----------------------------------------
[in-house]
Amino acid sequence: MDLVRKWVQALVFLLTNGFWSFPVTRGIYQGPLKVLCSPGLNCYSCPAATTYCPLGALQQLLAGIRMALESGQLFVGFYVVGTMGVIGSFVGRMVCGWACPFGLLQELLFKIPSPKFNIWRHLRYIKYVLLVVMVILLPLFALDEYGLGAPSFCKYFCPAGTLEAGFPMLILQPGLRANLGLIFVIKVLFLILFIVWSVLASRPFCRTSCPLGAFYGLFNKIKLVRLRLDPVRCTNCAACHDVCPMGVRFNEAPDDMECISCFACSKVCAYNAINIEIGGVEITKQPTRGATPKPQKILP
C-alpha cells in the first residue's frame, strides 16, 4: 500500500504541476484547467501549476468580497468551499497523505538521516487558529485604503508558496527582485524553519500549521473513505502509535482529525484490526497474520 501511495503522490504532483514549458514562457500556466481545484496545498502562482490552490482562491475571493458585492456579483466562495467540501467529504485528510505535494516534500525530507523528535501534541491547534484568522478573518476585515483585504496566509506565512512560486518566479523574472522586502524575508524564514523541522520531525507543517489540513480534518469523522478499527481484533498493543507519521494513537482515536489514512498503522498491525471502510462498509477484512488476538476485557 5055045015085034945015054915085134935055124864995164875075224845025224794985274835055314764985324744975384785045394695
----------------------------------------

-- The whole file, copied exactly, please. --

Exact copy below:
[in-house]
Amino acid sequence: MDLVRKWVQALVFLLTNGFWSFPVTRGIYQGPLKVLCSPGLNCYSCPAATTYCPLGALQQLLAGIRMALESGQLFVGFYVVGTMGVIGSFVGRMVCGWACPFGLLQELLFKIPSPKFNIWRHLRYIKYVLLVVMVILLPLFALDEYGLGAPSFCKYFCPAGTLEAGFPMLILQPGLRANLGLIFVIKVLFLILFIVWSVLASRPFCRTSCPLGAFYGLFNKIKLVRLRLDPVRCTNCAACHDVCPMGVRFNEAPDDMECISCFACSKVCAYNAINIEIGGVEITKQPTRGATPKPQKILP
C-alpha cells in the first residue's frame, strides 16, 4: 500500500504541476484547467501549476468580497468551499497523505538521516487558529485604503508558496527582485524553519500549521473513505502509535482529525484490526497474520 501511495503522490504532483514549458514562457500556466481545484496545498502562482490552490482562491475571493458585492456579483466562495467540501467529504485528510505535494516534500525530507523528535501534541491547534484568522478573518476585515483585504496566509506565512512560486518566479523574472522586502524575508524564514523541522520531525507543517489540513480534518469523522478499527481484533498493543507519521494513537482515536489514512498503522498491525471502510462498509477484512488476538476485557 5055045015085034945015054915085134935055124864995164875075224845025224794985274835055314764985324744975384785045394695